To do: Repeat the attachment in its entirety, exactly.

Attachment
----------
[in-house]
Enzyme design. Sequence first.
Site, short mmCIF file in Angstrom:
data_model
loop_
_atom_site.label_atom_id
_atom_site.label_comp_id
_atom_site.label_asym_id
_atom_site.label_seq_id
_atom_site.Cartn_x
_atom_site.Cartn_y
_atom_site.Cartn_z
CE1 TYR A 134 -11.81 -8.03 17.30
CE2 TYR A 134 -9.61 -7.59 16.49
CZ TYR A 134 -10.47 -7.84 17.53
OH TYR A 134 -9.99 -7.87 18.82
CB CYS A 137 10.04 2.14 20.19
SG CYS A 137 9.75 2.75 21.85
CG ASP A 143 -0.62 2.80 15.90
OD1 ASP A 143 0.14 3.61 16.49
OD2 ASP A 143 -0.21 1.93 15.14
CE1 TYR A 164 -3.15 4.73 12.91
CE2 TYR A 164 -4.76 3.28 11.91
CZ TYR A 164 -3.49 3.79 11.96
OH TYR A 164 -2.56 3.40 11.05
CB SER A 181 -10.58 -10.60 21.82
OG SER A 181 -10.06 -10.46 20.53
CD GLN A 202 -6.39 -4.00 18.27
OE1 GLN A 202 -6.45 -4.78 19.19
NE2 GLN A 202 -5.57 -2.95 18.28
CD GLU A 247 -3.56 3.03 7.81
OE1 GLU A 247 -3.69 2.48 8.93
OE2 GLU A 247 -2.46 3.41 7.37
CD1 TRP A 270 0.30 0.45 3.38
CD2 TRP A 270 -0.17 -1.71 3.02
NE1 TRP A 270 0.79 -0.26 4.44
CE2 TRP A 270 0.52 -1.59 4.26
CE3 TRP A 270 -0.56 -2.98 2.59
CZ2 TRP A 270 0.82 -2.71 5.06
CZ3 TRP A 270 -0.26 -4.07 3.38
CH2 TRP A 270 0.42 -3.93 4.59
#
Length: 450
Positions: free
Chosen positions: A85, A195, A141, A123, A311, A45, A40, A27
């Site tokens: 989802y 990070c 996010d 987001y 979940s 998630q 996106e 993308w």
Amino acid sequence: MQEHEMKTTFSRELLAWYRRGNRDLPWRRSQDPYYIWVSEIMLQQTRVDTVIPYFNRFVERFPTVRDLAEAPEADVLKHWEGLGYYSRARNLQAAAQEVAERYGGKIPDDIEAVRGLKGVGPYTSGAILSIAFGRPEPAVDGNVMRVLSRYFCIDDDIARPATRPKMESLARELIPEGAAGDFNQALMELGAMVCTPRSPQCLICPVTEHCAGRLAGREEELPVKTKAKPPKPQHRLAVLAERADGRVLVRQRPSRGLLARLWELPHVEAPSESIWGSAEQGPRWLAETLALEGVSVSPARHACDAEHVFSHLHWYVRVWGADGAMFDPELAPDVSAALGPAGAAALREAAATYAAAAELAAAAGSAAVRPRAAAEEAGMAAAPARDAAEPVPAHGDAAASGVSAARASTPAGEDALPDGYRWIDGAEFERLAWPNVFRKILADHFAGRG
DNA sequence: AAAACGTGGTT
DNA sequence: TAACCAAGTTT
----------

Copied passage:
[in-house]
Enzyme design. Sequence first.
Site, short mmCIF file in Angstrom:
data_model
loop_
_atom_site.label_atom_id
_atom_site.label_comp_id
_atom_site.label_asym_id
_atom_site.label_seq_id
_atom_site.Cartn_x
_atom_site.Cartn_y
_atom_site.Cartn_z
CE1 TYR A 134 -11.81 -8.03 17.30
CE2 TYR A 134 -9.61 -7.59 16.49
CZ TYR A 134 -10.47 -7.84 17.53
OH TYR A 134 -9.99 -7.87 18.82
CB CYS A 137 10.04 2.14 20.19
SG CYS A 137 9.75 2.75 21.85
CG ASP A 143 -0.62 2.80 15.90
OD1 ASP A 143 0.14 3.61 16.49
OD2 ASP A 143 -0.21 1.93 15.14
CE1 TYR A 164 -3.15 4.73 12.91
CE2 TYR A 164 -4.76 3.28 11.91
CZ TYR A 164 -3.49 3.79 11.96
OH TYR A 164 -2.56 3.40 11.05
CB SER A 181 -10.58 -10.60 21.82
OG SER A 181 -10.06 -10.46 20.53
CD GLN A 202 -6.39 -4.00 18.27
OE1 GLN A 202 -6.45 -4.78 19.19
NE2 GLN A 202 -5.57 -2.95 18.28
CD GLU A 247 -3.56 3.03 7.81
OE1 GLU A 247 -3.69 2.48 8.93
OE2 GLU A 247 -2.46 3.41 7.37
CD1 TRP A 270 0.30 0.45 3.38
CD2 TRP A 270 -0.17 -1.71 3.02
NE1 TRP A 270 0.79 -0.26 4.44
CE2 TRP A 270 0.52 -1.59 4.26
CE3 TRP A 270 -0.56 -2.98 2.59
CZ2 TRP A 270 0.82 -2.71 5.06
CZ3 TRP A 270 -0.26 -4.07 3.38
CH2 TRP A 270 0.42 -3.93 4.59
#
Length: 450
Positions: free
Chosen positions: A85, A195, A141, A123, A311, A45, A40, A27
């Site tokens: 989802y 990070c 996010d 987001y 979940s 998630q 996106e 993308w």
Amino acid sequence: MQEHEMKTTFSRELLAWYRRGNRDLPWRRSQDPYYIWVSEIMLQQTRVDTVIPYFNRFVERFPTVRDLAEAPEADVLKHWEGLGYYSRARNLQAAAQEVAERYGGKIPDDIEAVRGLKGVGPYTSGAILSIAFGRPEPAVDGNVMRVLSRYFCIDDDIARPATRPKMESLARELIPEGAAGDFNQALMELGAMVCTPRSPQCLICPVTEHCAGRLAGREEELPVKTKAKPPKPQHRLAVLAERADGRVLVRQRPSRGLLARLWELPHVEAPSESIWGSAEQGPRWLAETLALEGVSVSPARHACDAEHVFSHLHWYVRVWGADGAMFDPELAPDVSAALGPAGAAALREAAATYAAAAELAAAAGSAAVRPRAAAEEAGMAAAPARDAAEPVPAHGDAAASGVSAARASTPAGEDALPDGYRWIDGAEFERLAWPNVFRKILADHFAGRG
DNA sequence: AAAACGTGGTT
DNA sequence: TAACCAAGTTT